So, Let’s Talk About Skills…

March 13, 2017

Dungeons and Dragons has shaped the way that roleplaying has developed. We can’t ignore that. It’s part of the reason that games are inherently simulationist in some fashion; we simulate a character’s abilities in a real-like world (skills, damage, ability scores, etc) rather than their effect on a story or their role in a party. That is, itself, left over from earlier war games that shaped D&D, but it’s something we can’t ignore. While this version of the game is much more about storytelling and engendering a roleplaying environment, it is still a Dungeons and Dragons game and will have a lot more to do with combat than most other things.

Which brings us to skills; how do we make a system that is both more complete than “NonWeapon Proficiencies with Difficulty Number” but isn’t needlessly complex or require tons of bookkeeping?

First, what should the skills be?

Given this is Dungeons and Dragons, Skills should be first and foremost adventuring related. They don’t need to cover NPCs, they don’t need to cover things that aren’t related to adventuring (like keeping a business, the intricacies of craft, or minor issues like the ability to count or exactly how well a character can speak their native language), and they have to have some sort of separation between those in the party who are untrained, novices, and masters of the related skill. There also shouldn’t be too many skills, just enough for people to have options for building a holistic understanding of their character without feeling overwhelmed.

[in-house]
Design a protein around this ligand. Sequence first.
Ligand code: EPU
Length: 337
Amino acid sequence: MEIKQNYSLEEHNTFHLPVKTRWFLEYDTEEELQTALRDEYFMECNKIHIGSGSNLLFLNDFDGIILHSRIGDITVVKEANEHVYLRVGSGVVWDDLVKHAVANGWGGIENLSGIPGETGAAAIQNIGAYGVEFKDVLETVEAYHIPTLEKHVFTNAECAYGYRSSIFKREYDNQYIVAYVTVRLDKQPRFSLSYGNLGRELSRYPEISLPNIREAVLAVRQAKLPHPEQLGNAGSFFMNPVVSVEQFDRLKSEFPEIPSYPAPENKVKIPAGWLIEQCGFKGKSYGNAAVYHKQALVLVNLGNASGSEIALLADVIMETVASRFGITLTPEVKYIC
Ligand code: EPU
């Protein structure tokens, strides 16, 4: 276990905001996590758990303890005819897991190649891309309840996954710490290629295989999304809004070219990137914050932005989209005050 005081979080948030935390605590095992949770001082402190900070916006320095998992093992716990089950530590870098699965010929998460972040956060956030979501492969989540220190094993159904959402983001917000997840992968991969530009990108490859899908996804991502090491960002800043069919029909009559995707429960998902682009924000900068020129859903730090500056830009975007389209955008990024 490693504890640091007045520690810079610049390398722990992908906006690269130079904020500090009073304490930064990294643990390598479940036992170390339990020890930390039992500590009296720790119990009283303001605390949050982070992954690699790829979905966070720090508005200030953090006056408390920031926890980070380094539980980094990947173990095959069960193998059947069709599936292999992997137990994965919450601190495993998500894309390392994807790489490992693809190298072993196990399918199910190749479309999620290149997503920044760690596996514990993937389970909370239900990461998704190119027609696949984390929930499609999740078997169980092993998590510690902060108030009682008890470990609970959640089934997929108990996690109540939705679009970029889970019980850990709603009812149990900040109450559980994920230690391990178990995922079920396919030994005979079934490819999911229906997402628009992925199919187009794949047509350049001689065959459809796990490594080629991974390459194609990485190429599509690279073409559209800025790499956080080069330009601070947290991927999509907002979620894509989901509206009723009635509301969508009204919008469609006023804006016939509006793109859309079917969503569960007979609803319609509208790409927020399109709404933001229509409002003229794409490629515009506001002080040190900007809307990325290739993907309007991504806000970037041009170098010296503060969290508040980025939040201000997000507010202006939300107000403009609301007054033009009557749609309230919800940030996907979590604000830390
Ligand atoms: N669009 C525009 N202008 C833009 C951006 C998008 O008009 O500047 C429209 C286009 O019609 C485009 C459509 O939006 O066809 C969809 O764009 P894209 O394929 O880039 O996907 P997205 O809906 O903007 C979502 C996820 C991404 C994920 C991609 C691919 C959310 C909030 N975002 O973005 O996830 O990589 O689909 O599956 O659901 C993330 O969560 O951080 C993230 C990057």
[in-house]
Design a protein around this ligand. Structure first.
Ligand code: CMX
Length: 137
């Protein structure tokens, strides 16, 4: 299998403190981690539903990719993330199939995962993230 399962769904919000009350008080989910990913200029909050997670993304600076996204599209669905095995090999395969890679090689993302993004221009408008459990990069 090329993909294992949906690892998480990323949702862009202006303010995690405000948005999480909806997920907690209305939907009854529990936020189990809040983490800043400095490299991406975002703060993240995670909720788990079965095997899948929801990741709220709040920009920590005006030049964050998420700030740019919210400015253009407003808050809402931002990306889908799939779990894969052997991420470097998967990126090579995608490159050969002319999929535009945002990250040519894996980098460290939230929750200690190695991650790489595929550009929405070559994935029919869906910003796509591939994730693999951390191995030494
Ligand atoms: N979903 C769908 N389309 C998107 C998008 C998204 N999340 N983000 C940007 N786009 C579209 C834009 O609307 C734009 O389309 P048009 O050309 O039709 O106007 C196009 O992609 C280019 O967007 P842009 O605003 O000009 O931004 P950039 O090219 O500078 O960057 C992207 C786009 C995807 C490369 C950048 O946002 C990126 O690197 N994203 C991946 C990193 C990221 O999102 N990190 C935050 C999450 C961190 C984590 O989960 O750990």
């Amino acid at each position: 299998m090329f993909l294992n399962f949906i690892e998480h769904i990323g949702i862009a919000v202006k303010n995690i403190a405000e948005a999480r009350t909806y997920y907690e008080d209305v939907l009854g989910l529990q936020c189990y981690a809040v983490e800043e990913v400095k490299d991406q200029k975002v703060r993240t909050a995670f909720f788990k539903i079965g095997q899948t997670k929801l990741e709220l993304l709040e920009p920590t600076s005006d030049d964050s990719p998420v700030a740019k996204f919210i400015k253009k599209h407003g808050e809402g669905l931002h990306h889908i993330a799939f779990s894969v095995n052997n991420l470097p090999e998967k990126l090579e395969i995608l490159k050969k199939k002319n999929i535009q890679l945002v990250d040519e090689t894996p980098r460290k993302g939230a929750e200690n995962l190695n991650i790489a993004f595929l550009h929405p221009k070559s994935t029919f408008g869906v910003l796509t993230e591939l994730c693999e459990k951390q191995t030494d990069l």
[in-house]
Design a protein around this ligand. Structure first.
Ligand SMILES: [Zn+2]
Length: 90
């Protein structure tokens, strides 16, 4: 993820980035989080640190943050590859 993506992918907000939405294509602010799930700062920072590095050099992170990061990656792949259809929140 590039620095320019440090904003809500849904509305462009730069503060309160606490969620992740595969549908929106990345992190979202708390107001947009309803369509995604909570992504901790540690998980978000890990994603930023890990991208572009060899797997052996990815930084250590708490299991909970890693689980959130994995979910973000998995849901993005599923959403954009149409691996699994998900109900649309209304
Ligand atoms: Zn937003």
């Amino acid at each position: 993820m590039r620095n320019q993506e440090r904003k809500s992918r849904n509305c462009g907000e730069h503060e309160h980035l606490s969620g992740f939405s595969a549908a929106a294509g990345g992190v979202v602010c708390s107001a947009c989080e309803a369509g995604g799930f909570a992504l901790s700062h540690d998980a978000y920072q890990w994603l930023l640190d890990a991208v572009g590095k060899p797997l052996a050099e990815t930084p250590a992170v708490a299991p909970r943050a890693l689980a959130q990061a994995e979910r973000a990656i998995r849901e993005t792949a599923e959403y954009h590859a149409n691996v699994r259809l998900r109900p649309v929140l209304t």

Well, sure, that’s an answer to the question, but what skills should there be?

Well, lets explore this narrativistically…

Starting off the top of my head, mercantile skills are important. Appraisal, haggling, general business operations for trade. Merchants are classic adventure characters, and frequently provide covers for one of the other great adventure character archetypes – spies.